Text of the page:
Empower teachers to follow their passions and insight on what would help their students most
Oxnard Union High School District
As school district leadership, we know that you are doing everything in your power to positively affect student outcomes, make progress on school district initiatives, and create a school culture that helps you find and keep great talent.
The first step to a teacher retention strategy that works is setting up a school district-wide system where teachers can have a voice in their professional growth journey. Teachers are fueled by a passion to help students. And teachers are your window into what your students need, to have the best possible student outcomes.
So how do you reduce teacher turnover?
Give great educators opportunities to have impact, and show teachers they matter by giving them choice and voice in their professional learning. Teacher retention will follow.
Finding and keeping great teachers is hard. That’s why we set out to find out what gives K-12 teachers in the U.S. job satisfaction and how professional learning factors in. Use this report to inform your planning for the current school year and beyond!
Core to satisfaction were:
High teacher turnover is not a new issue for school district leaders, but it’s one that’s been exacerbated by the pandemic. If you’re trying to increase your teachers’ job satisfaction, here’s where to start…
Nearly every teacher in the profession – whether a beginning teacher or an experienced teacher – wants to feel like she or he makes a difference in students’ lives.
Start showing your teachers they matter by giving them effective professional growth opportunities. We explain the impact effective professional development can have on teacher effectiveness and teacher retention in our latest blog.
"Seeing these numbers makes me giggle… sometimes when you don’t mandate things, the results are even better than when you do. That’s the beautiful instruction that’s happening."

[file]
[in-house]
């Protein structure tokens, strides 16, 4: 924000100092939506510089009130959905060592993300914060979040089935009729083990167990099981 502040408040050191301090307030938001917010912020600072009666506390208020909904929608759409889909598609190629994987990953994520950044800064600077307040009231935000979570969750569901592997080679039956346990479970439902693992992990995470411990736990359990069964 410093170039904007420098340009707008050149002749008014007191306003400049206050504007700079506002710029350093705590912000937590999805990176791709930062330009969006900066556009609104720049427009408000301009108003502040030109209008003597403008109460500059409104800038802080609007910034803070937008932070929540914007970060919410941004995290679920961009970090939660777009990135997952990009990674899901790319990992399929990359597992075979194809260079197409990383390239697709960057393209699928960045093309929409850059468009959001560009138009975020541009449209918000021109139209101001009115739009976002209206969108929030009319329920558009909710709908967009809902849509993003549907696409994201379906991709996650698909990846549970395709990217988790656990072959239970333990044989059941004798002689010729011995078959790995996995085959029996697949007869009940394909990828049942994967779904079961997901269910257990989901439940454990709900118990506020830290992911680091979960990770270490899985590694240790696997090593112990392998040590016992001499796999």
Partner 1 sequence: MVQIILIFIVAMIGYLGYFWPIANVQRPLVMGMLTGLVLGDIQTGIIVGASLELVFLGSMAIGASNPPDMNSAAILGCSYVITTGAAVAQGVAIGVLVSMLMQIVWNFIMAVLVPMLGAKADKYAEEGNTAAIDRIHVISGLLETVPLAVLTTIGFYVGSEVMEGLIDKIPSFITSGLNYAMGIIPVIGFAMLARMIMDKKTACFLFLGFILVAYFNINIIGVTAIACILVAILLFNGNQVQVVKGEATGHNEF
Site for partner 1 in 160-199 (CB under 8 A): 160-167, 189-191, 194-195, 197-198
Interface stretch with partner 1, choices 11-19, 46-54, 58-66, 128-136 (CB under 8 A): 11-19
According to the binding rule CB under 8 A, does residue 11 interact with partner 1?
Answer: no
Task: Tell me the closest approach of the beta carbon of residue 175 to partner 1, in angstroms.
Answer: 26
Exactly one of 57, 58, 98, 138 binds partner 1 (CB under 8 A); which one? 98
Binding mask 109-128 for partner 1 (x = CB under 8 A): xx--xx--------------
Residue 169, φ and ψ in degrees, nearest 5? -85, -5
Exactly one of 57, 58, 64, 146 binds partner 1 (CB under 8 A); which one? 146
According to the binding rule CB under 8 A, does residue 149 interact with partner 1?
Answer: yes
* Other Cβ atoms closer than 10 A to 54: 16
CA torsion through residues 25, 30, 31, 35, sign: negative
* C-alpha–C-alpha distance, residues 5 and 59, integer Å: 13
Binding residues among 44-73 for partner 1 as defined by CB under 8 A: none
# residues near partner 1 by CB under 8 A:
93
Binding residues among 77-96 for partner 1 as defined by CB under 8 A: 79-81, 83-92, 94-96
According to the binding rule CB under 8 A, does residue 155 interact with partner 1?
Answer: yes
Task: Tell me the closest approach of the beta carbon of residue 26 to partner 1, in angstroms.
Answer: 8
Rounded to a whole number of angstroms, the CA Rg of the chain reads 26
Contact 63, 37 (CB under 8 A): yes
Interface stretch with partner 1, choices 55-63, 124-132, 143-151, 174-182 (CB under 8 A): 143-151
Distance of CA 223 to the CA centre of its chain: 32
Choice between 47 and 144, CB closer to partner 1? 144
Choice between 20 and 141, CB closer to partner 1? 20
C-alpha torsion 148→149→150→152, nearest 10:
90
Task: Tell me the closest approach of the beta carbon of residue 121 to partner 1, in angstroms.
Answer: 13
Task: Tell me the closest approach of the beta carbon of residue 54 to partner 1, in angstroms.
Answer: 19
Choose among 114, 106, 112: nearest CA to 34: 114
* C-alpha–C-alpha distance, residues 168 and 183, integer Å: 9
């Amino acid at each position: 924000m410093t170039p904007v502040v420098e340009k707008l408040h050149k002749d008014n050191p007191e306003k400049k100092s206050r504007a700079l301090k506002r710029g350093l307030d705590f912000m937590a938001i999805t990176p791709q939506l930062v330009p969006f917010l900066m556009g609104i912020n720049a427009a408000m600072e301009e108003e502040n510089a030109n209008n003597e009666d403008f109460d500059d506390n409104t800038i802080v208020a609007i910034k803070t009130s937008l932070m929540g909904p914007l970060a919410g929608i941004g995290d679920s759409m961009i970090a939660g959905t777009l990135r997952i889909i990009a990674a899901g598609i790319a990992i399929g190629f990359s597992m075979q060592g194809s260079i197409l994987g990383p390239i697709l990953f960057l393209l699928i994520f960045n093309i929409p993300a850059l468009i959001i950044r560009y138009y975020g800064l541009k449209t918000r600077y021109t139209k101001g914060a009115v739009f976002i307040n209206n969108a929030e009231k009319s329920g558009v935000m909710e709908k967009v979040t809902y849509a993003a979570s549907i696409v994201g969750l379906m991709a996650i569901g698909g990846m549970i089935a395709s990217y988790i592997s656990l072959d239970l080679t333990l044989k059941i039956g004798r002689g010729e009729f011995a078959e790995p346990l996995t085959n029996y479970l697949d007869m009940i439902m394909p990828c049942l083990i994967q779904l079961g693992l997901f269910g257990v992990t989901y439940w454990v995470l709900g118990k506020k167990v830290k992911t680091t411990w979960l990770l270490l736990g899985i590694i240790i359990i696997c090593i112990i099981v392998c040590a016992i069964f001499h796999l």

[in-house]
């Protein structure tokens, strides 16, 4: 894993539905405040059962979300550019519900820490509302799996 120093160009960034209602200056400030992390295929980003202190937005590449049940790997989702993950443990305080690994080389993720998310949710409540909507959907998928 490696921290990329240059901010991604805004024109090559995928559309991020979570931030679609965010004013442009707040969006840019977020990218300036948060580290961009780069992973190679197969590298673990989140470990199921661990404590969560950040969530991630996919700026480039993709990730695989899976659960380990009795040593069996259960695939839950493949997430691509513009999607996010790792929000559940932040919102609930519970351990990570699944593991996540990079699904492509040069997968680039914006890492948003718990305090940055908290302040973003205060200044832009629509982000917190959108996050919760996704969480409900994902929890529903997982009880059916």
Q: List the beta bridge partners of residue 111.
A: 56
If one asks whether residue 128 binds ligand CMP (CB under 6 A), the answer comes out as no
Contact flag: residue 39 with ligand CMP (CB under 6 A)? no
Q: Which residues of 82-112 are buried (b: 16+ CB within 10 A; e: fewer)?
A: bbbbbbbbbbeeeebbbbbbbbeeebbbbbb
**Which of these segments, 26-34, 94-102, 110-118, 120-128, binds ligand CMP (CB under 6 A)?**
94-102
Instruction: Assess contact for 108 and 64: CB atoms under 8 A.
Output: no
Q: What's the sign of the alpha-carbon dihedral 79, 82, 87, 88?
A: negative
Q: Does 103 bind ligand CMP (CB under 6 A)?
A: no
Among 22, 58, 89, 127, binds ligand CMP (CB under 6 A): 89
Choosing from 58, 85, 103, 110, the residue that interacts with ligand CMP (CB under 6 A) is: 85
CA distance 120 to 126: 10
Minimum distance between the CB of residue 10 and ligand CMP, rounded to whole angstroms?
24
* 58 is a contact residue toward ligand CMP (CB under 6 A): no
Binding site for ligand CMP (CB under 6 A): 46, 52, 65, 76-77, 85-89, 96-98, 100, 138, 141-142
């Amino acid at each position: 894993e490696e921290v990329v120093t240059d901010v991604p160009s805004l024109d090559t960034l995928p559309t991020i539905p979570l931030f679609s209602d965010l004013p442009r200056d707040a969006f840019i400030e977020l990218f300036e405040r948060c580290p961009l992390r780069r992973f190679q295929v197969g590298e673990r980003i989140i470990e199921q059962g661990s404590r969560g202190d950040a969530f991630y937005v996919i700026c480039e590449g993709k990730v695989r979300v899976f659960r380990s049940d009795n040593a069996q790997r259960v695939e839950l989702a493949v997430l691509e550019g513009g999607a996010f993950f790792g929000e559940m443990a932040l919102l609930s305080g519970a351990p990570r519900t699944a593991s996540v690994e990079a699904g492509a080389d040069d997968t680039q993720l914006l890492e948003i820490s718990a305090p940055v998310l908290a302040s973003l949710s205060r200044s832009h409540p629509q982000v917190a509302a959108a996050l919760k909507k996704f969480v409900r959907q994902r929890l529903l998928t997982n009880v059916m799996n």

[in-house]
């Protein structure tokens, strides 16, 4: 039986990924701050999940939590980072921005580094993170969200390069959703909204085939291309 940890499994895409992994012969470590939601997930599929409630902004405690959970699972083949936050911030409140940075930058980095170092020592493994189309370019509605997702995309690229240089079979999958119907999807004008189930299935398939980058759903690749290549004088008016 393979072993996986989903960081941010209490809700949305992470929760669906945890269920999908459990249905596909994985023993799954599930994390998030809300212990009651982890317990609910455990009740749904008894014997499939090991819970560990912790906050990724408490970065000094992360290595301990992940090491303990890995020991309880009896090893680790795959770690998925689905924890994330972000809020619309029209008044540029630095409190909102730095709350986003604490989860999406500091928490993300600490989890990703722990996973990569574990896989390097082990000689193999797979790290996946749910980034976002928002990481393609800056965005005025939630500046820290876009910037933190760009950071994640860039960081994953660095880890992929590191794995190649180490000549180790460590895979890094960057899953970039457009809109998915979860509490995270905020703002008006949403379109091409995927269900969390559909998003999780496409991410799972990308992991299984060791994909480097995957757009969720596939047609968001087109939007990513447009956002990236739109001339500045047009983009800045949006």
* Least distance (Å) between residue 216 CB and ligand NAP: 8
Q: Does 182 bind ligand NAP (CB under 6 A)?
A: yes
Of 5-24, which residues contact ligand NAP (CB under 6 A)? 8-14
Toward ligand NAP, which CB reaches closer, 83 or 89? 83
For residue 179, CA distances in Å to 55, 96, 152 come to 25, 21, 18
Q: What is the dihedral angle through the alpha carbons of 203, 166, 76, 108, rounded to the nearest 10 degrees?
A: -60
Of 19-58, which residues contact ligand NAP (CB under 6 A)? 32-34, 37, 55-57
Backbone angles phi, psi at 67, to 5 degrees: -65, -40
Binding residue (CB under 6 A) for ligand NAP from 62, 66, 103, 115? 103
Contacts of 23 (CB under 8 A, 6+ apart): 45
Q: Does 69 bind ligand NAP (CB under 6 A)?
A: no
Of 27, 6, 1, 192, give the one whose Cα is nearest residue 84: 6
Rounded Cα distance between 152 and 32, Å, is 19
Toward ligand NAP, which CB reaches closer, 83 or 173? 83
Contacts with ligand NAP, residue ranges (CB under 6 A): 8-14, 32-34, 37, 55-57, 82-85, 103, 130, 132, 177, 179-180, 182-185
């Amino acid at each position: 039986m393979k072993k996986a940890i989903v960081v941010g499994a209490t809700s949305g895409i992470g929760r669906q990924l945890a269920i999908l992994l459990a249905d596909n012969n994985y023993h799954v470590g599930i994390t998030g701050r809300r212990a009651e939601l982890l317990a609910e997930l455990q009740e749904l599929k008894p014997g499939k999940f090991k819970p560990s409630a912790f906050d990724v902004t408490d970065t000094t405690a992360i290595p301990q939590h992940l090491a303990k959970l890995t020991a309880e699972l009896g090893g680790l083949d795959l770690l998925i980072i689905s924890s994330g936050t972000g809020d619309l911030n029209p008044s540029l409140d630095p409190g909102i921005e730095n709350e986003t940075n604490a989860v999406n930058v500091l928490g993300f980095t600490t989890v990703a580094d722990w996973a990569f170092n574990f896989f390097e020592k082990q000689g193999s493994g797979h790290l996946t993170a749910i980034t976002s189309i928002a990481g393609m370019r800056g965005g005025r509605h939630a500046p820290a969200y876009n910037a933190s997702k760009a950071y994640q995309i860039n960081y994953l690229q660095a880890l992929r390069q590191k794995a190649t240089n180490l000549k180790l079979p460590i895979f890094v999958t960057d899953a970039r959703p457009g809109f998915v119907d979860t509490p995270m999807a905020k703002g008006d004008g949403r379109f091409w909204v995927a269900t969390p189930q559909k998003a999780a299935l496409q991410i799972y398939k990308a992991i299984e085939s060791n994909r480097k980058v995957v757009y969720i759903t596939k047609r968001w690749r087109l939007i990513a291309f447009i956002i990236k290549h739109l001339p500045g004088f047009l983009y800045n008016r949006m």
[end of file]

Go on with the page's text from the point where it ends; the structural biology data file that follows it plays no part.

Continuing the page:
"If they need any tech training or PD training... they can get it at their level at their time, at their place, on-demand."
–Rae Dunn, Coordinator of Secondary Education, Val Verde SD
“The biggest impact that we have seen... the level of skill our teachers have and the amount of work they’ve put forth... through training with Amy and Sheryl and Alludo has really put us ahead of many districts in the state of Ohio.”
–Andrea Cook, Assistant Superintendent of Instruction, Springboro Schools
–Josh Lewis, Director of Information Education Technology, Jurupa Unified USD
Your educators want the freedom to choose learning that is relevant to them, learning they are passionate about, and teaching that will help them create a learner-centered classroom. Leadership is likely in tune with school district initiatives but might be once removed from what teachers actually need for their teaching in the classroom.
Once you’ve given teachers the ability to follow their professional passion and address what their students need, they’ll need a framework in which to set goals they can work towards. Your educational services leaders can support them along the way.
Traditional professional development methods of one size fits all are not only costly and wasteful for districts, but they don’t work at all for the learners. Effective teachers need learning that is not only relevant, but also has a depth of material that matches their skill level.
Teachers want learning that fuels their classroom instruction time with students. Professional development time is limited. Your teacher and student learners need an efficient way to cover all professional learning bases – those they’ve selected and those required by the district.
Let learners know you care about all of the effort they are putting in by providing encouragement and fast feedback with ease. This keeps learners feeling supported and motivates them to go deeper in their understanding.
Provide your teachers and staff with a safe place to practice, so they can test out and identify strategies that will foster long-term success in the classroom. Having the opportunity to innovate is another key to teacher retention.